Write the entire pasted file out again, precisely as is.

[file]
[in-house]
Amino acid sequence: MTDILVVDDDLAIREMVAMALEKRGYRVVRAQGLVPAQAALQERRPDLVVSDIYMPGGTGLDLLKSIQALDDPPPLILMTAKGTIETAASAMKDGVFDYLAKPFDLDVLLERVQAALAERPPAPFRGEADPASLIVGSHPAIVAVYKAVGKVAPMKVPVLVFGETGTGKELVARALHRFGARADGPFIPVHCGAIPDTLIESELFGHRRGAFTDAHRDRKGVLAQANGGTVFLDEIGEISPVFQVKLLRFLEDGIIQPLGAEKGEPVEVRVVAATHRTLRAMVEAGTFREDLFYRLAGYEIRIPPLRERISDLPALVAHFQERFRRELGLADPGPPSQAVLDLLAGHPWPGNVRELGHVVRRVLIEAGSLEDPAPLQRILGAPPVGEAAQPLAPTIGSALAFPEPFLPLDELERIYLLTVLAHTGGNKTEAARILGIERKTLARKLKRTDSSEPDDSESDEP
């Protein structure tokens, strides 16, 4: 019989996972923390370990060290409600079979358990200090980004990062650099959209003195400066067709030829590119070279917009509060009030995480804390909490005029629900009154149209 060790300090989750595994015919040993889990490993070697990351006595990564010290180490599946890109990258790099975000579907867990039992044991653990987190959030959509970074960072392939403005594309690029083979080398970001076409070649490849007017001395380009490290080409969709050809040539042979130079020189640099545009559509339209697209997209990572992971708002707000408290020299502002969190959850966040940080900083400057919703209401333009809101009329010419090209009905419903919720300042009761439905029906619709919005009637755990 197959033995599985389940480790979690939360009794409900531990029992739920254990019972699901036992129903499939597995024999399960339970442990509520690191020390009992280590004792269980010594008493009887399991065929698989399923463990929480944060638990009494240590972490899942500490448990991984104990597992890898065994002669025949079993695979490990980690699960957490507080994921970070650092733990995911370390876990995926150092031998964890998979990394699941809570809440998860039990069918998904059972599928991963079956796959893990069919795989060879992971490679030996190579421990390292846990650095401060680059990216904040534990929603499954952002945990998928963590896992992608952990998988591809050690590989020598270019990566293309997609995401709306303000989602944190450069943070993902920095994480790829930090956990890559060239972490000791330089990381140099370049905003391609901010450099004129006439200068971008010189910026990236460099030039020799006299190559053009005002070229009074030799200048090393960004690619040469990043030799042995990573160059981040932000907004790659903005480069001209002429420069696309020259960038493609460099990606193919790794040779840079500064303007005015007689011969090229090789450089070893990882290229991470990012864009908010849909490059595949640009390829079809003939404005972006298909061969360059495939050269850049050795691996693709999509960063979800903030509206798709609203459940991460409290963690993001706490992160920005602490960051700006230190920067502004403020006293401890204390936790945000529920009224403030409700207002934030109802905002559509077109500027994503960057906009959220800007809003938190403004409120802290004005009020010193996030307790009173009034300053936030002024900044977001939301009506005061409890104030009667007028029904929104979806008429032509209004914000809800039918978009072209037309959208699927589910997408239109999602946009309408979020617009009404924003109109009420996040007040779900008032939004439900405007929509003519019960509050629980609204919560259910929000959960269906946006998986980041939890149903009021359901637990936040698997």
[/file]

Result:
[in-house]
Amino acid sequence: MTDILVVDDDLAIREMVAMALEKRGYRVVRAQGLVPAQAALQERRPDLVVSDIYMPGGTGLDLLKSIQALDDPPPLILMTAKGTIETAASAMKDGVFDYLAKPFDLDVLLERVQAALAERPPAPFRGEADPASLIVGSHPAIVAVYKAVGKVAPMKVPVLVFGETGTGKELVARALHRFGARADGPFIPVHCGAIPDTLIESELFGHRRGAFTDAHRDRKGVLAQANGGTVFLDEIGEISPVFQVKLLRFLEDGIIQPLGAEKGEPVEVRVVAATHRTLRAMVEAGTFREDLFYRLAGYEIRIPPLRERISDLPALVAHFQERFRRELGLADPGPPSQAVLDLLAGHPWPGNVRELGHVVRRVLIEAGSLEDPAPLQRILGAPPVGEAAQPLAPTIGSALAFPEPFLPLDELERIYLLTVLAHTGGNKTEAARILGIERKTLARKLKRTDSSEPDDSESDEP
């Protein structure tokens, strides 16, 4: 019989996972923390370990060290409600079979358990200090980004990062650099959209003195400066067709030829590119070279917009509060009030995480804390909490005029629900009154149209 060790300090989750595994015919040993889990490993070697990351006595990564010290180490599946890109990258790099975000579907867990039992044991653990987190959030959509970074960072392939403005594309690029083979080398970001076409070649490849007017001395380009490290080409969709050809040539042979130079020189640099545009559509339209697209997209990572992971708002707000408290020299502002969190959850966040940080900083400057919703209401333009809101009329010419090209009905419903919720300042009761439905029906619709919005009637755990 197959033995599985389940480790979690939360009794409900531990029992739920254990019972699901036992129903499939597995024999399960339970442990509520690191020390009992280590004792269980010594008493009887399991065929698989399923463990929480944060638990009494240590972490899942500490448990991984104990597992890898065994002669025949079993695979490990980690699960957490507080994921970070650092733990995911370390876990995926150092031998964890998979990394699941809570809440998860039990069918998904059972599928991963079956796959893990069919795989060879992971490679030996190579421990390292846990650095401060680059990216904040534990929603499954952002945990998928963590896992992608952990998988591809050690590989020598270019990566293309997609995401709306303000989602944190450069943070993902920095994480790829930090956990890559060239972490000791330089990381140099370049905003391609901010450099004129006439200068971008010189910026990236460099030039020799006299190559053009005002070229009074030799200048090393960004690619040469990043030799042995990573160059981040932000907004790659903005480069001209002429420069696309020259960038493609460099990606193919790794040779840079500064303007005015007689011969090229090789450089070893990882290229991470990012864009908010849909490059595949640009390829079809003939404005972006298909061969360059495939050269850049050795691996693709999509960063979800903030509206798709609203459940991460409290963690993001706490992160920005602490960051700006230190920067502004403020006293401890204390936790945000529920009224403030409700207002934030109802905002559509077109500027994503960057906009959220800007809003938190403004409120802290004005009020010193996030307790009173009034300053936030002024900044977001939301009506005061409890104030009667007028029904929104979806008429032509209004914000809800039918978009072209037309959208699927589910997408239109999602946009309408979020617009009404924003109109009420996040007040779900008032939004439900405007929509003519019960509050629980609204919560259910929000959960269906946006998986980041939890149903009021359901637990936040698997």